Tamoxifen has been associated with an increased risk of development of endometrial cancers, with a possible preferential risk for the high grade nonendometrioid subtypes, such as UPSC or MMTs, although this is controversial. Molecular abnormalities associated with UPSC include overexpression of p53 and c-myc gene amplification; p53 overexpression correlated with a poor prognosis. Two functional different isoforms of progesterone receptor have been described, which may account for some of the tissue-specific differences in the effects of progestins and antiprogestins on the breast as compared with the endometrium.
MOLECULES INVOLVED IN ADHESION AND INVASION
Integrin (cell adhesion molecules) expression inversely correlates with grade in endometrial cancers, with the loss of the alpha(2)beta(1)-integrin associated with lymph node metastases. Variant forms of CD44 (a molecule important for cell adhesion and migration) were less frequently expressed in endometrial cancers than in normal endometria, and absence of CD44 was significantly associated with an increased propensity for lymph-vascular space invasion. These data suggest that CD44 may play an important role in the function of the normal endometria, where it is strongly expressed near the basement membrane, and its loss may be related to invasion and metastasis.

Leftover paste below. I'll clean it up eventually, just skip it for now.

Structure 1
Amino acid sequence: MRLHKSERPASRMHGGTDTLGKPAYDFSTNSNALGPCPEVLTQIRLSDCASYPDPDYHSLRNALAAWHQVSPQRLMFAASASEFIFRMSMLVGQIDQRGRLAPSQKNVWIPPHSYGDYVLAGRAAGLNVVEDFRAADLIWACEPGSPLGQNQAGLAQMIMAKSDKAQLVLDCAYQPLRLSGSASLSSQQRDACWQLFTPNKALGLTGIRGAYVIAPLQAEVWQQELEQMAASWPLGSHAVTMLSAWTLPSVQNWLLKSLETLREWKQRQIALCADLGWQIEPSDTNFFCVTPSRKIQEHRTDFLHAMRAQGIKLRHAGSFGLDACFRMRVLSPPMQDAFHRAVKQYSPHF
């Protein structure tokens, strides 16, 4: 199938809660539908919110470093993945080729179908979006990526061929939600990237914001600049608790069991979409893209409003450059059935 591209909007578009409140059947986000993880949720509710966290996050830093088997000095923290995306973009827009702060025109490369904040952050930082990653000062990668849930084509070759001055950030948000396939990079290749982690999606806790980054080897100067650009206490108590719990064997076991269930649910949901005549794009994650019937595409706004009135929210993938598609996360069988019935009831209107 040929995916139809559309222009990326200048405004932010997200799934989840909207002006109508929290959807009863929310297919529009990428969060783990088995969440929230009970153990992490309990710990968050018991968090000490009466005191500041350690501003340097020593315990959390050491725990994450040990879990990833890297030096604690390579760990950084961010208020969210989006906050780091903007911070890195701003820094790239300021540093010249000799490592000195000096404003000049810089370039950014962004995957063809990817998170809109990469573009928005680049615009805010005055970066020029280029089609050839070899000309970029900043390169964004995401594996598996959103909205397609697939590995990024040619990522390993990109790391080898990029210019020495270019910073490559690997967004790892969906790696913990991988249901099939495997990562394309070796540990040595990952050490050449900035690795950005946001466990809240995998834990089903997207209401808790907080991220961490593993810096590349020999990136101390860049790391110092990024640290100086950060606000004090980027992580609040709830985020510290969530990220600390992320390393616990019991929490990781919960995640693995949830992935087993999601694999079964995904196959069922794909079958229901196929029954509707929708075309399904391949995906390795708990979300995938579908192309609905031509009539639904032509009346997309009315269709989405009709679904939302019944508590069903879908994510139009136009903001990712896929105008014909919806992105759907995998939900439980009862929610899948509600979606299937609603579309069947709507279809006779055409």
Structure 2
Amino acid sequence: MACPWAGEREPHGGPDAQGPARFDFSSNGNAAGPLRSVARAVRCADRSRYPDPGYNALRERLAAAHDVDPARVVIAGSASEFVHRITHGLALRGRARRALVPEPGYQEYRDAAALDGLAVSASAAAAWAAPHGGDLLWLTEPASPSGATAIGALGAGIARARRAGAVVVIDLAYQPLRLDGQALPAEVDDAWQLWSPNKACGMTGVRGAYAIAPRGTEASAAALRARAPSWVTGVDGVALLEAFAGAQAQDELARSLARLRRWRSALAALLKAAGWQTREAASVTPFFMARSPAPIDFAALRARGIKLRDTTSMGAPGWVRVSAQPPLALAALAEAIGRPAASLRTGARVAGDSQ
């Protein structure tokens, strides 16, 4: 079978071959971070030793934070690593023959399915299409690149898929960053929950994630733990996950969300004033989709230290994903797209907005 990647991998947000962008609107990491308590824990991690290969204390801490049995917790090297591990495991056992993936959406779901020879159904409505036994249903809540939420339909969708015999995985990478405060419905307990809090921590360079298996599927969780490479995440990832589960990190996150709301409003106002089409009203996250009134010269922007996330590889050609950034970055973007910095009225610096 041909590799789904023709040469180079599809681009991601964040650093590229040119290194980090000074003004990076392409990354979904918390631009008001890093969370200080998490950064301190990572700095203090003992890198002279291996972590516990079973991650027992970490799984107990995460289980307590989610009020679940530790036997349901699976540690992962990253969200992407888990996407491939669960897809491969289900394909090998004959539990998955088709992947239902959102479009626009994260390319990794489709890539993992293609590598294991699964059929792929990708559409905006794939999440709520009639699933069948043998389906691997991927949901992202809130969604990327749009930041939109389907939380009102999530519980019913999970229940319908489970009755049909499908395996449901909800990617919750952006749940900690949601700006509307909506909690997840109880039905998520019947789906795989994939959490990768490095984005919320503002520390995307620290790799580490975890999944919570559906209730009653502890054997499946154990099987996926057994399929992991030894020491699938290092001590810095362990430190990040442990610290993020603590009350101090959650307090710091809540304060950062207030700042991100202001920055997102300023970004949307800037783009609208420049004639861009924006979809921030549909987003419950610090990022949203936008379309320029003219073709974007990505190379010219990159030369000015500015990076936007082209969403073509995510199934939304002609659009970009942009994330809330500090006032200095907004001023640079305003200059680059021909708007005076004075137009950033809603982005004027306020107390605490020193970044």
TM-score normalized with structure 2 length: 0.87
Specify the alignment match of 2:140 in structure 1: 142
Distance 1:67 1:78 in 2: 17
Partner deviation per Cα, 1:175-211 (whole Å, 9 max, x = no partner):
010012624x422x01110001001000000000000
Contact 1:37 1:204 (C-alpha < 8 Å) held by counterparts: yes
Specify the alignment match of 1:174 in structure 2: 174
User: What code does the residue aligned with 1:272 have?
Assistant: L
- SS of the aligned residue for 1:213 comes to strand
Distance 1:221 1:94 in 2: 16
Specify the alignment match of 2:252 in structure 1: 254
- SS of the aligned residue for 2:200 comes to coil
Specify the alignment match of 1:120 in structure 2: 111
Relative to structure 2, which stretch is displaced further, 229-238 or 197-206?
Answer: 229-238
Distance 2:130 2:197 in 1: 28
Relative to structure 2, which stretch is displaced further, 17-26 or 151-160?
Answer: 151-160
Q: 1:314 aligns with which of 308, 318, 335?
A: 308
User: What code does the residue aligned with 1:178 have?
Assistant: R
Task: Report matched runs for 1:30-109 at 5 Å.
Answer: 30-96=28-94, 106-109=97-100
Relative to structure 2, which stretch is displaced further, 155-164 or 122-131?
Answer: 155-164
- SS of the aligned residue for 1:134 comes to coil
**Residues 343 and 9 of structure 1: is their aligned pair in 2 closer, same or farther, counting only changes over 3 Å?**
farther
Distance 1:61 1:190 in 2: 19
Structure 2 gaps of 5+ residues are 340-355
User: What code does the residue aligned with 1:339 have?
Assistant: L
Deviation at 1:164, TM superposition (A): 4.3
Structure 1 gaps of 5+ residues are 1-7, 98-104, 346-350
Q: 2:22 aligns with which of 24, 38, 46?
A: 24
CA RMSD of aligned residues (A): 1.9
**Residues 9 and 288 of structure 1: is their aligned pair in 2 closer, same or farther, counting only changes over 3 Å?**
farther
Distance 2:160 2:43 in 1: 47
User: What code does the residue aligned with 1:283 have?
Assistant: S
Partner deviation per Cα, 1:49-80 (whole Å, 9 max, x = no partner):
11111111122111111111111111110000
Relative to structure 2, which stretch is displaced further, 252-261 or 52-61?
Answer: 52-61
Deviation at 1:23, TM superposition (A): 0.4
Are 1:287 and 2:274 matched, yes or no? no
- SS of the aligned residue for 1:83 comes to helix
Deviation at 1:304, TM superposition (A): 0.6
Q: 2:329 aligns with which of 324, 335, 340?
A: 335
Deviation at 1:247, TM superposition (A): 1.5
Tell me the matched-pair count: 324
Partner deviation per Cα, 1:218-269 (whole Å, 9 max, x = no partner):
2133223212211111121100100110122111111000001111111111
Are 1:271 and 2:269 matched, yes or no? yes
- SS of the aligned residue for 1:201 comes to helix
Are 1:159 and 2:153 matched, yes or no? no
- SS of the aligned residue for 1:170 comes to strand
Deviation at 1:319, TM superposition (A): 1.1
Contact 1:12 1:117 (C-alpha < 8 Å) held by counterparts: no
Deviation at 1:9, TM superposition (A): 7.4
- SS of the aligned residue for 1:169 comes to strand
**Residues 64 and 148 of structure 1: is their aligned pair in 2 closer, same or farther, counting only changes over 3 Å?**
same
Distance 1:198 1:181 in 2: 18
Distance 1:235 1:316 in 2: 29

Most of the recent breakthroughs in understanding the molecular basis for this disease has been in the area of hereditary epithelial ovarian cancer syndromes, which affect up to 5% of ovarian cancer cases. Much work is still needed to understand the biology underlying sporadic ovarian cancers, which invariably present as advanced stage disease and have a poor long-term outcome.